A Casper woman in charge of her late mother's inheritance stole scores of thousands of dollars from her siblings through the manipulation of money from the estate, and lied to Natrona County District Court, Assistant District Attorney Mike Schafer said at her sentencing hearing on Thursday.

However, Laura Lee Rasmussen, 48, did not have a criminal record and partly as a result of that received five years of supervised probation including the approximately nine-month felon rehabilitation program at the Casper Re-entry Center.

Judge Catherine Wilking handed down that sentence in lieu of a suspended four- to six-year prison term for theft and a four- to five-year prison term for perjury, which was part of the plea agreement reached by her attorney Don Fuller and Schafer.

Wilking also ordered Rasmussen to pay $825 a month towards $50,000 in restitution to the estate, be employed full time, and not have contact with family members.

The judge said Rasmussen, who blamed her siblings for the financial problems, has shown no remorse for the theft, nor for filing false documents (the perjury) with the court.

Fuller said the judge wasn't just sentencing a crime, but also a person. Rasmussen has had health issues, she has never been arrested, and the only person Rasmussen lied to was Wilking, Fuller said.

The judge responded that this was only the second instance of perjury she had ever encountered.

Perjury was not an offense to just her, but to the entire justice system including the judges, the attorneys, and the staff of the Clerk of District Court who processed documents, Wilking said. "If we can't trust people under oath, that's when the system breaks down."

In describing the case, Schafer said, "It was kind of an accounting nightmare to figure out the exact amount."

After the hearing, the siblings and their families who were the victims first left the courtroom. Rasmussen and her family left after the others had left the Townsend Justice Center.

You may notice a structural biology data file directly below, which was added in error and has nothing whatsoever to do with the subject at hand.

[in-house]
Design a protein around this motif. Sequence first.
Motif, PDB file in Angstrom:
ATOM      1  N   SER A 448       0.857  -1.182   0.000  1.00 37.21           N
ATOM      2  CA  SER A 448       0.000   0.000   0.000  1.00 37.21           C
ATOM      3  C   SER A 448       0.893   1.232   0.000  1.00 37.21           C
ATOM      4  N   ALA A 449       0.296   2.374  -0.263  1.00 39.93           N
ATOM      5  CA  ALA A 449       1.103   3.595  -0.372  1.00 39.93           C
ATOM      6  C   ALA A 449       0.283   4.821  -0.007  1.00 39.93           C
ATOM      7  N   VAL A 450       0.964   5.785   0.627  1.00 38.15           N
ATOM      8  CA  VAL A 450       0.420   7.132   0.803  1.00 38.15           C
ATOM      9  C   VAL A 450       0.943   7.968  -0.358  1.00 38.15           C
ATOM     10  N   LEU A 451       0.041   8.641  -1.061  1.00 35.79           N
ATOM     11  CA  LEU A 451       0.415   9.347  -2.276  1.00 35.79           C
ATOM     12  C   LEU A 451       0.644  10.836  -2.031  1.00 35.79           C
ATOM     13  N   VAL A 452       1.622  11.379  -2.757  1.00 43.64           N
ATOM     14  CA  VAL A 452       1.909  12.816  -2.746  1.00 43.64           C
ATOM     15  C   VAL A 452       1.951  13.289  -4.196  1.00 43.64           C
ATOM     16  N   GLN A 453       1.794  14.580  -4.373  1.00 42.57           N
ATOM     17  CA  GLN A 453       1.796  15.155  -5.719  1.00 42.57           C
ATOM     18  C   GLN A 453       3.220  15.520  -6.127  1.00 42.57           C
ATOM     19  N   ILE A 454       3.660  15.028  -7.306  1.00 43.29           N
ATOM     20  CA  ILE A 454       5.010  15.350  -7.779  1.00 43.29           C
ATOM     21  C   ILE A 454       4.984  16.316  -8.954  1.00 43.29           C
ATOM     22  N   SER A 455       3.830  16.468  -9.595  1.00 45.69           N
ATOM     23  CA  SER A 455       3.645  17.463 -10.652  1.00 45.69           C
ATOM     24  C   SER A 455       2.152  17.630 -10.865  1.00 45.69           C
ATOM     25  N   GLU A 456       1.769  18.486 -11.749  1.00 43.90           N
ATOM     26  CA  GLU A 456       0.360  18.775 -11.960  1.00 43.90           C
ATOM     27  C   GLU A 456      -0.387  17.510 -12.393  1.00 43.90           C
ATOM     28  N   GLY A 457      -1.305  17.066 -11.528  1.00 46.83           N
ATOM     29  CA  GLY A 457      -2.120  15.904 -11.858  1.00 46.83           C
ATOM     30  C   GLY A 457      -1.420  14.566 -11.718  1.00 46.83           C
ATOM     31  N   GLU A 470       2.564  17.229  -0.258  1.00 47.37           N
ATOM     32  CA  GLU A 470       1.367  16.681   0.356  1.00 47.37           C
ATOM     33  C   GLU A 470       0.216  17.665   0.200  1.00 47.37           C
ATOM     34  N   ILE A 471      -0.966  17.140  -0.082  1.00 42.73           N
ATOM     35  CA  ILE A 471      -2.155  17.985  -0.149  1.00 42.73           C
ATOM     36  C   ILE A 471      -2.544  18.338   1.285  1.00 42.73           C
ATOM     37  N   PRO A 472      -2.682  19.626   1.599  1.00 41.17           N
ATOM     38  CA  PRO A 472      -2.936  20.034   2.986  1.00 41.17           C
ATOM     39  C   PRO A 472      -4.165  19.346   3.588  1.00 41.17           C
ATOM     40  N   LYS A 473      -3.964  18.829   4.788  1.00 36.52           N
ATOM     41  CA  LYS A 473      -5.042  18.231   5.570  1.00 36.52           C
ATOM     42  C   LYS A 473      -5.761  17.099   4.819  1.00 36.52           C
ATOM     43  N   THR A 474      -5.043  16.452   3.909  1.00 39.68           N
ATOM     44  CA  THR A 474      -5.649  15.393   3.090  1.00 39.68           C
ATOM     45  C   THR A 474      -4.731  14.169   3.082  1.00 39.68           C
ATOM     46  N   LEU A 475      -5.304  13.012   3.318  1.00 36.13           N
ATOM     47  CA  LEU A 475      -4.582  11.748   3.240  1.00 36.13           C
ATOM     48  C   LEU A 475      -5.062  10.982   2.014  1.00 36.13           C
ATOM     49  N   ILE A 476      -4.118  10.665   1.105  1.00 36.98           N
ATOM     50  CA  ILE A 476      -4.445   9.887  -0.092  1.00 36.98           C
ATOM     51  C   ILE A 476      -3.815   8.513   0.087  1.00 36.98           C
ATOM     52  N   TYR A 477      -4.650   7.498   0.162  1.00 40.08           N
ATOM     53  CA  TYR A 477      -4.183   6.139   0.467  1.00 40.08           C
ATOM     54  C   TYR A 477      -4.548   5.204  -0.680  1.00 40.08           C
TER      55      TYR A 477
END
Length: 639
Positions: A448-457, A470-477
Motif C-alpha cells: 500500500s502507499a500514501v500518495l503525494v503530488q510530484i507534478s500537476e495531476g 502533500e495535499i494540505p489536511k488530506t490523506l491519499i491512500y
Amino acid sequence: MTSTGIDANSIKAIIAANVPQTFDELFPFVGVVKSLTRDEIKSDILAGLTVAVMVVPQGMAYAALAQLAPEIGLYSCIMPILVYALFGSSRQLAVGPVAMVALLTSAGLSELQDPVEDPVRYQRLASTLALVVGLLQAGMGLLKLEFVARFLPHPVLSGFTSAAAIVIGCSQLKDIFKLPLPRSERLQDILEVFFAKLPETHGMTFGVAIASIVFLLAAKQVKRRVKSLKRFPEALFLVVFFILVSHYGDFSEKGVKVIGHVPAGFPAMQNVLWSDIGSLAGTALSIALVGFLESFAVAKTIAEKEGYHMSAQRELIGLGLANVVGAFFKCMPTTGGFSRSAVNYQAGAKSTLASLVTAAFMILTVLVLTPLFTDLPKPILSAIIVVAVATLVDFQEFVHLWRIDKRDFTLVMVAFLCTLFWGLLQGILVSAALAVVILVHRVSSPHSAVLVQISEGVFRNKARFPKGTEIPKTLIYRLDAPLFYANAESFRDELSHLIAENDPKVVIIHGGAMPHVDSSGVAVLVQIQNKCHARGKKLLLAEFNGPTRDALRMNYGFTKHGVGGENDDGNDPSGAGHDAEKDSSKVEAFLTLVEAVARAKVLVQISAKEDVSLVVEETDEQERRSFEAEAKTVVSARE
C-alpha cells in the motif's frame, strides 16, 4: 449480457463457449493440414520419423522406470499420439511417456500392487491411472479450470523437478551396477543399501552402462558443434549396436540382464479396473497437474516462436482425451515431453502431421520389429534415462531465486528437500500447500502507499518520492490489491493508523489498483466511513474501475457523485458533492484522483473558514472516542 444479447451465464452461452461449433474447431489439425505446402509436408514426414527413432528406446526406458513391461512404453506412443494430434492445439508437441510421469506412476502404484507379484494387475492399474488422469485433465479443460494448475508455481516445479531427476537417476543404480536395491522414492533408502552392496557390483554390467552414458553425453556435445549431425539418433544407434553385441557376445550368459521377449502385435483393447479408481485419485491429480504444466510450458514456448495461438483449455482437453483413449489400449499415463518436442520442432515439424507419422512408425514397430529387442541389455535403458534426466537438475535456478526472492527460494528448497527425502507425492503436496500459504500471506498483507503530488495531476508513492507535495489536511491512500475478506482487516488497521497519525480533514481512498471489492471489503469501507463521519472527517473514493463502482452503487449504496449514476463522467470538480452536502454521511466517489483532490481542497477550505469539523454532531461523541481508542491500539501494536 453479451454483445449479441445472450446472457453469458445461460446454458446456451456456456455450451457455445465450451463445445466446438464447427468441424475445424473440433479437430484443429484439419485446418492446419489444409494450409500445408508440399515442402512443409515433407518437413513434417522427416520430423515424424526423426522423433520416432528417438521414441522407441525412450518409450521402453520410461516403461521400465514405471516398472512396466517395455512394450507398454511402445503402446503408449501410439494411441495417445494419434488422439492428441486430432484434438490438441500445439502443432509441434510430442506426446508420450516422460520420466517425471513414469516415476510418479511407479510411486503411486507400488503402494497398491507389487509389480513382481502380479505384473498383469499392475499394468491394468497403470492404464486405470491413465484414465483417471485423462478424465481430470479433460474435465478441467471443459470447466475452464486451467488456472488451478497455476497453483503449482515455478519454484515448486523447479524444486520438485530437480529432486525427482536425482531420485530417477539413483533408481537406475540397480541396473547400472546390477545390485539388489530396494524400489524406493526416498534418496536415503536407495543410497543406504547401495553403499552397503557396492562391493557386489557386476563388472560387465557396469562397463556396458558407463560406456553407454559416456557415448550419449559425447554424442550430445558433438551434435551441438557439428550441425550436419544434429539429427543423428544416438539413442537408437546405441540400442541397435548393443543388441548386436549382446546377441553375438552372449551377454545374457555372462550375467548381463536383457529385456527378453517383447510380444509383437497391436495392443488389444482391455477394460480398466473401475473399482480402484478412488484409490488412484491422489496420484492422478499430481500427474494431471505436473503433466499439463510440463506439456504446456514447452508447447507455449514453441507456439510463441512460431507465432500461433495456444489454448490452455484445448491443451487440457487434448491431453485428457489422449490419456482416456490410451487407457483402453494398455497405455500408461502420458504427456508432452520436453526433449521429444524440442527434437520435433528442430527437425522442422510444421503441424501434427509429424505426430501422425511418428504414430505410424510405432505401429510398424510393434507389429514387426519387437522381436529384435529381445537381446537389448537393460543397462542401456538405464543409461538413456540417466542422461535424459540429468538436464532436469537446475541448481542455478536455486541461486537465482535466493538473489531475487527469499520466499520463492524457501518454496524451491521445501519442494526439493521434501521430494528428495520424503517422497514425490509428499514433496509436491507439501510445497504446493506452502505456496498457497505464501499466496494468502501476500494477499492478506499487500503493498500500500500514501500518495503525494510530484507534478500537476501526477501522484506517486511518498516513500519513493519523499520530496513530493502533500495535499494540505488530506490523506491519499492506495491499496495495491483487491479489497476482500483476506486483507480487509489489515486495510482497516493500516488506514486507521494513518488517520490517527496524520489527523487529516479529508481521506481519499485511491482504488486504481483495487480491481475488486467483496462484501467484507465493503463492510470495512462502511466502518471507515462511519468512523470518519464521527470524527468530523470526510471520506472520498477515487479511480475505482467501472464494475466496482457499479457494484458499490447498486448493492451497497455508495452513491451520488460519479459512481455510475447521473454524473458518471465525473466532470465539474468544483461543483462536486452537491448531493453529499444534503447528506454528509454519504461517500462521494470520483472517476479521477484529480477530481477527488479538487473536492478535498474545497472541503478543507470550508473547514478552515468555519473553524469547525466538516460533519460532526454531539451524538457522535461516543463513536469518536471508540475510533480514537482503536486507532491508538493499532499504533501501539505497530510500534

The case started in 2015 after three siblings asked the court to have Rasmussen removed as the estate's personal representative, a position she held after their mother died in April 2013. "The court found there did appear to be irregularities in the administration of the Estate which require further investigation," according to a police affidavit.

A brother learned the funeral expenses had not been paid and he found numerous insurance claims made and paid, but not deposited in the estate's account.

For example, Rasmussen was supposed to maintain the house. She turned off the power one winter, leading to burst water lines and significant damage to the house that had been appraised at $140,000, according to a police affidavit. When she found the damage, she filed an insurance claim, received $40,000, but used that for herself instead of making the repairs.

She sold the unrepaired house sold for $90,000, and after paying off a lien, each of the other siblings received about $8,500, according to the affidavit.

In in her final accounting report to the court, Rasmussen did not list at least $49,431.29 worth of payments to the estate, according to the affidavit. She converted at least $81,522.67 worth of estate funds to her personal use.

The police investigator, who was requesting a search warrant, concluded with this statement: "Rasmussen intentionally and deliberately filed false documents under oath with Natrona County District Court. Further, Rasmussen knowing took and made unauthorized transfers of Estate property to herself with the intent to deprive the other beneficiaries of the Estate their rights to the property. Rasmussen was able to do this by using her authority as Executor of the Estate. A warrant is respectfully requested for Rasmussen for the charges of larceny (value $81,522.67) and perjury."

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